Harrell Holmes Jr. has been prepping for his role in Broadway's dramatization of the pop group's story for decades

click to enlarge Harrell Holmes Jr. has been prepping for his role in Broadway's dramatization of the pop group's story for decades
Emilio Madrid photo
The hit jukebox musical about the Temptation's story-filled career arrives in town next week.

In 1960, five male vocalists came together and formed The Elgins. After seven years, some lineup tweaks and one significant name change, they had a string of massive hits under their collective belt — songs like "My Girl," "Ain't Too Proud to Beg" and "I Wish It Would Rain" — and were among the constellation of musical artists who came to embody a distinctive and influential sound known as Motown.

As the Temptations, the group would go on to have 42 chart hits, win three Grammy Awards and become a fixture of the ever-evolving pop music scene by adapting their sound to the times. Their successes and tribulations are retold in the Broadway musical Ain't Too Proud — The Life and Times of The Temptations, which arrives in Spokane next week for a six-day run as part of the Best of Broadway series.

The book for the jukebox musical was written by playwright and MacArthur "Genius Grant" recipient Dominique Morisseau, who, like the band itself, hails from Detroit.

"It's a memory play told from the perspective of Otis Williams, who is still with us, who's still touring to this day, even at the age of 81," says Harrell Holmes Jr. He plays Melvin Franklin, a founding member of the Temptations and one of its "Classic 5" lineup along with Williams, Paul Williams (no relation to Otis), Eddie Kendricks and David Ruffin.

"It tells the full story of the things they went through, navigating family life and also the tumultuous time of the '60s, with it being Jim Crow and segregation. They wanted to make change through their music. One thing that I didn't know is that the song 'War,' which was made famous by Edwin Starr, was originally recorded by The Temptations," says Holmes.

"And then you have the story of what they went through internally, with some of the drug use and all of that craziness."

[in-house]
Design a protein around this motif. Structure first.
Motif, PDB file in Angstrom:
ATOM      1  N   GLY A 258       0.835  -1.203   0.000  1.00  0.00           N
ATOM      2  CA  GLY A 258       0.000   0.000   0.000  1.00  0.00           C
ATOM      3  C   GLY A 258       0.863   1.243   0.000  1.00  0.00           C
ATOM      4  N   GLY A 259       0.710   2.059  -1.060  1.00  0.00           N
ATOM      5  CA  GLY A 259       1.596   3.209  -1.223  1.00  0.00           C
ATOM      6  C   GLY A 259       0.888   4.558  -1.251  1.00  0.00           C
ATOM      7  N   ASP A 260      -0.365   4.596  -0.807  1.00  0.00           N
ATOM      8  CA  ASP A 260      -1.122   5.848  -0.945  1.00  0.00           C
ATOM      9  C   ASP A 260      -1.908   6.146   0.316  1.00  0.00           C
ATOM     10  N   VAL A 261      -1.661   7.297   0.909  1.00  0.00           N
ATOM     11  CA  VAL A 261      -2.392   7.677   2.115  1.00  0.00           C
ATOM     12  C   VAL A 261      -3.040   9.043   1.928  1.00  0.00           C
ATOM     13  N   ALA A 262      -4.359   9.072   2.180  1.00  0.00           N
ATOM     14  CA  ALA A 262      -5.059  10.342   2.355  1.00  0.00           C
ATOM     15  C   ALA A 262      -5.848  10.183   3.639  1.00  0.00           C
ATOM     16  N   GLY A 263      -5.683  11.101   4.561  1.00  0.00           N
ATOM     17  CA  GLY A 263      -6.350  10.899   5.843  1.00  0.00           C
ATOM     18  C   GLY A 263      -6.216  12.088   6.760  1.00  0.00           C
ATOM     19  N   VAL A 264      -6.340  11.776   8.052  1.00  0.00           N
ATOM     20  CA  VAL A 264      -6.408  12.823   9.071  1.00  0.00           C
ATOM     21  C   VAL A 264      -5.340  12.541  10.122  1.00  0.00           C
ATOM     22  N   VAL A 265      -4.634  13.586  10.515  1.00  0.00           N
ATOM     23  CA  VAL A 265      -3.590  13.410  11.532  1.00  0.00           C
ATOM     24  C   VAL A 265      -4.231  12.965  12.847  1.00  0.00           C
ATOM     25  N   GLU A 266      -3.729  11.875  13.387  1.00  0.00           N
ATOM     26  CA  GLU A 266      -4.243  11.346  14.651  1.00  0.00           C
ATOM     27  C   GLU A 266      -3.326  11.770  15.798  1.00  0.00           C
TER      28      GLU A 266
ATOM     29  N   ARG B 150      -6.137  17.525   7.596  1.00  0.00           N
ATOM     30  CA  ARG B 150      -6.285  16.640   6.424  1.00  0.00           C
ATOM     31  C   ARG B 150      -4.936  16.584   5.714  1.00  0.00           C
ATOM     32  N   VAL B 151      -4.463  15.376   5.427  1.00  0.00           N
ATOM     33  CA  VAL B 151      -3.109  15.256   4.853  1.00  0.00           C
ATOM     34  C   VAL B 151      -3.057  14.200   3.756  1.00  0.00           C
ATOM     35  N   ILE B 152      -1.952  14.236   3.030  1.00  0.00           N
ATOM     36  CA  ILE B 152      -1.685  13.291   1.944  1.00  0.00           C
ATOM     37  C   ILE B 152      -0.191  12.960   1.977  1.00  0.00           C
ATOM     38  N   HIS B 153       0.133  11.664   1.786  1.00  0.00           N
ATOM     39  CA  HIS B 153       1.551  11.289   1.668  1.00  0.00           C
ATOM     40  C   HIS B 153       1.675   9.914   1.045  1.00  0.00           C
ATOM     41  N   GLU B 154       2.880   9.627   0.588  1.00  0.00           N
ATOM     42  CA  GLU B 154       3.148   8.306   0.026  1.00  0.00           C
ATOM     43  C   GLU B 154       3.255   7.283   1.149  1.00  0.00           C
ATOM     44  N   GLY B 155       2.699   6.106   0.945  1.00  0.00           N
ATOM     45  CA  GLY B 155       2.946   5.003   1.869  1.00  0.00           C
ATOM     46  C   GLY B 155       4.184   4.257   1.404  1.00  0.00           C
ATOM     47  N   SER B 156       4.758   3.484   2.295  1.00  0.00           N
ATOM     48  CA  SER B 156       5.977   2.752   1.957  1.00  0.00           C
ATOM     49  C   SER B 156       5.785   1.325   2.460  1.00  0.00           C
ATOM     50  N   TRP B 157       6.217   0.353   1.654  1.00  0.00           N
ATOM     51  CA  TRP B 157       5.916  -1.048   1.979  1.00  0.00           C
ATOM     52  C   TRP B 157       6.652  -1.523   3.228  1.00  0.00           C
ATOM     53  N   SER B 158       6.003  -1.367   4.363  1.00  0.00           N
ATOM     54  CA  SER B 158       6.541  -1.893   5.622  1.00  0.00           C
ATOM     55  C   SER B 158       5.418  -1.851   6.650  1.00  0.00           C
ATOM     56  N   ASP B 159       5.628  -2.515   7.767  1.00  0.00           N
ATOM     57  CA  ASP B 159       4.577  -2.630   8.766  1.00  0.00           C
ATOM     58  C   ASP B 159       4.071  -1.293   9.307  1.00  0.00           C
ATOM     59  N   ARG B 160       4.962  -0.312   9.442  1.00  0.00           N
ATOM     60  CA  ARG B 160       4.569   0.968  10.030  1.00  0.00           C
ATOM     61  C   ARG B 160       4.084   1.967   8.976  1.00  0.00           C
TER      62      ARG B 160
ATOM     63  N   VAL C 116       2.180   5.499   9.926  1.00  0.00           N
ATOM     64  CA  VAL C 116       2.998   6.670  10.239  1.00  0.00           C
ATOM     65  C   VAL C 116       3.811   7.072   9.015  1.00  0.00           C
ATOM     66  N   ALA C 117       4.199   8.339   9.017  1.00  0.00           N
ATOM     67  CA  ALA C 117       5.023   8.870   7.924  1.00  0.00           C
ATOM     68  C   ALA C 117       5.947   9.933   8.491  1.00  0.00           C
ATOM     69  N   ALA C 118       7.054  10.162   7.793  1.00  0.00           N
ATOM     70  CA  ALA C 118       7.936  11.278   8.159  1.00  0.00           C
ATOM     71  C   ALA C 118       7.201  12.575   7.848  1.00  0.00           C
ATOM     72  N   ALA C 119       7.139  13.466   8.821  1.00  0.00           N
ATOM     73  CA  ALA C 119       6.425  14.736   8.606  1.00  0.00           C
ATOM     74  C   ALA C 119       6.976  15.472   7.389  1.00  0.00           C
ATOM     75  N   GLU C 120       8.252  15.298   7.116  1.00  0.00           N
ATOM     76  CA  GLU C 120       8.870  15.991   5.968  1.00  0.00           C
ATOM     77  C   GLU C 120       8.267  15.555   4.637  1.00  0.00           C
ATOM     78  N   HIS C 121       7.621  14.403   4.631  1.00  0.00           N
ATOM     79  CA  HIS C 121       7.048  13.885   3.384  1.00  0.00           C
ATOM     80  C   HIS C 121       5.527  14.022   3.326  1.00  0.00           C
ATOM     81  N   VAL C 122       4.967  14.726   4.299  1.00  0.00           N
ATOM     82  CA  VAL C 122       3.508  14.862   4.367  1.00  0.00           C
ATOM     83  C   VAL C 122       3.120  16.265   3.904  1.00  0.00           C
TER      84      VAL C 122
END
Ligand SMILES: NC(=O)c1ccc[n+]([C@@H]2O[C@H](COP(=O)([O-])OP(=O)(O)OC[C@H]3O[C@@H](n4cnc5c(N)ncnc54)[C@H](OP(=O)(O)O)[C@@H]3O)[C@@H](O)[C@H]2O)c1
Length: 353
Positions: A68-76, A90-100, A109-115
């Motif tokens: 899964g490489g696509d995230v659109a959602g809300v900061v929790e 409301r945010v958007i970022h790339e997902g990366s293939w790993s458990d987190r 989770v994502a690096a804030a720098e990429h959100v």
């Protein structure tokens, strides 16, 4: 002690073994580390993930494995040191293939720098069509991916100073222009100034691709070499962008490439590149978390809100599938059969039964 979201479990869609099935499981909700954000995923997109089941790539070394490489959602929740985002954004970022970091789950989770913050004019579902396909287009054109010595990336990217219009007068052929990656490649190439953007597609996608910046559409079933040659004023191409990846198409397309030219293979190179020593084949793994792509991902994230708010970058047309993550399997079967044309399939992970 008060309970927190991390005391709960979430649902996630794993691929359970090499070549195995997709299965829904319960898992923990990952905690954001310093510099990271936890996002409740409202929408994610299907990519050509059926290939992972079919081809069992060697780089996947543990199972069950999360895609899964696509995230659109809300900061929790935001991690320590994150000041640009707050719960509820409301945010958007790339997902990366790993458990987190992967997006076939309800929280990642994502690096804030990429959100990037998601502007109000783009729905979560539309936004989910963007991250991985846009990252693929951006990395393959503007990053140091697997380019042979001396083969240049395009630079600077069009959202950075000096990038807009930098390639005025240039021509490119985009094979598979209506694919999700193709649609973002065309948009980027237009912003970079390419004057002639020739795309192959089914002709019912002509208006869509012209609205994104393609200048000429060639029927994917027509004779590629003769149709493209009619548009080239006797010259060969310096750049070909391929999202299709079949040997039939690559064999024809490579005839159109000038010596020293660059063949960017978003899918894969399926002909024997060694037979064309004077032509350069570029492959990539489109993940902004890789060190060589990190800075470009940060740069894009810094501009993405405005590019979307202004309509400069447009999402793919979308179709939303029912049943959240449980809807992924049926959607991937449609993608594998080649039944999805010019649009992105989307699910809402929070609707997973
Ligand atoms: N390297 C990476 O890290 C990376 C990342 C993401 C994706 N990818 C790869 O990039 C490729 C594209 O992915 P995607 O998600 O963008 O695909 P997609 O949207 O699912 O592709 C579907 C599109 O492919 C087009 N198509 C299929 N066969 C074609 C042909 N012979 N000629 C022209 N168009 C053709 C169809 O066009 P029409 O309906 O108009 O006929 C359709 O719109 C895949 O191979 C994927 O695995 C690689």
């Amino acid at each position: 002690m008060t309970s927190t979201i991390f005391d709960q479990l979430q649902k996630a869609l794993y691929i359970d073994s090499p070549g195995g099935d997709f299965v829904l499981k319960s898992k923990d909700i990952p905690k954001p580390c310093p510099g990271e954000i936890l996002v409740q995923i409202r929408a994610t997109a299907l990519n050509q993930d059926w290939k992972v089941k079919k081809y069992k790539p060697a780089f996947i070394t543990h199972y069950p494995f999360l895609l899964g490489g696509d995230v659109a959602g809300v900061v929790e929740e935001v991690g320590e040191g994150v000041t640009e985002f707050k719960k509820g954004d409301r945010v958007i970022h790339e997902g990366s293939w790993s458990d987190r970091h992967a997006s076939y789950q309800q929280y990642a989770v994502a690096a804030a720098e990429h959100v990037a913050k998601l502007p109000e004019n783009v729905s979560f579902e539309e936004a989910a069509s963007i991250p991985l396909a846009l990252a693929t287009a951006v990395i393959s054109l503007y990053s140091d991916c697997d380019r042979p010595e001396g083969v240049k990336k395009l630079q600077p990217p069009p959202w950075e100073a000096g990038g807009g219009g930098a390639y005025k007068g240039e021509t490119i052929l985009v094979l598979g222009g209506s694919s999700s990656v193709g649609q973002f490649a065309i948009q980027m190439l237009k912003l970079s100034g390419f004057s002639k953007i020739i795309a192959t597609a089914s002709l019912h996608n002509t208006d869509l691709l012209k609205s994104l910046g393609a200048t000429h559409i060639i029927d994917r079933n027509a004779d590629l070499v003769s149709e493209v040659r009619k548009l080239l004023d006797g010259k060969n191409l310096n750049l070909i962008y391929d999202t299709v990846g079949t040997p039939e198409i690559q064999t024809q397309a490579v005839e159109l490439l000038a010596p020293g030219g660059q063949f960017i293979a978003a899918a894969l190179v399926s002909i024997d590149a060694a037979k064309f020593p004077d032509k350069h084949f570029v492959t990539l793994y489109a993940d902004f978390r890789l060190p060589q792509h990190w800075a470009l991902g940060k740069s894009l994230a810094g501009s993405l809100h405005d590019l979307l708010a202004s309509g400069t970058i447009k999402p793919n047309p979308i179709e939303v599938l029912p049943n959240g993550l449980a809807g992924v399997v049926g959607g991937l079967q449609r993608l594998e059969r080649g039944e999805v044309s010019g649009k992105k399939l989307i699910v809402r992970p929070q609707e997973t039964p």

The behind-the-scenes "craziness" might come as a surprise to those who only know the Temptations' public image of the mid- to late 1960s — a quintet of clean-cut singers with suave dance moves and matching elegant suits.

But some of its members privately maintained lifestyles that were a little more rock 'n' roll than their sound or stage personas would suggest. David Ruffin and Paul Williams both struggled with drug addiction. Others, like Kendricks, fell out with other band members over the stylistic direction of their music.

click to enlarge Harrell Holmes Jr. has been prepping for his role in Broadway's dramatization of the pop group's story for decades
Emilio Madrid photo
Harrell Holmes Jr. (second from right) sang a Tempations song on American Idol before starring in the musical.

Because of the Temptations' Motown milieu, there are also some famous dramatized cameos in Ain't Too Proud. Smokey Robinson, who wrote or co-wrote early Temptations hits like "My Girl," "The Way You Do the Things You Do," "It's Growing" and "Since I Lost My Baby," features in the musical, as do Motown founder Berry Gordy and Supremes frontwoman Diana Ross.

"We do have a great song and segment in there where the Temptations and Supremes finally come together," Holmes says. "It's very difficult to get bored during this show because there's so much history."

For his role as Franklin, Holmes began preparing decades before the casting call for Ain't Too Proud.

"I actually started singing at the age of 7 after seeing the Temptations movie that came out. My very first performance was in my third-grade talent show singing 'Ain't Too Proud to Beg.' I ended up starting my own group called The Little Temptations," Holmes says. He even performed Temptations songs during his later outings on Star Search and American Idol.

More recently, Holmes read Otis Williams' memoir Temptations and watched performances and interviews on YouTube to get a better fix on who Franklin was and his dynamic within the group.

Although Franklin had been with the Temptations since the very beginning, his contributions became more prominent during their psychedelic soul phase. His husky line "and the band played on" on their 1970 hit "Ball of Confusion (That's What the World Is Today)" would later be adopted as a poignant commentary on the AIDS epidemic.

And Franklin, not unlike his bandmates, had his own private struggles. He developed rheumatoid arthritis at a very young age, and the treatment led to further health problems. Yet he continued performing with the Temptations until the year before his death in 1995.

"Outside of his amazing bass voice, Melvin was known for his personality. He was always smiling, always making funny facial expressions, and just having the time of his life. Those are some of the things I've tried bringing to the stage," says Holmes. Based on feedback from Franklin's children, he's managed to capture him accurately.

"They've gotten a chance to see the show and say I've portrayed their father well," he says. "That's the ultimate compliment for me." ♦

Ain't Too Proud • Jan. 17-22; Tue to Sat at 7:30 pm; Sat at 2 pm; Sun at 1 pm and 6:30 pm • $47.50 to $95.50 • First Interstate Center for the Arts • 334 W. Spokane Falls Blvd. • broadwayspokane.com

Spokane Jewish Cultural Film Festival @ Gonzaga University Jepson Center

Through Feb. 5
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About The Author

E.J. Iannelli

E.J. Iannelli is a Spokane-based freelance writer, translator, and editor whose byline occasionally appears here in The Inlander. One of his many shortcomings is his inability to think up pithy, off-the-cuff self-descriptions.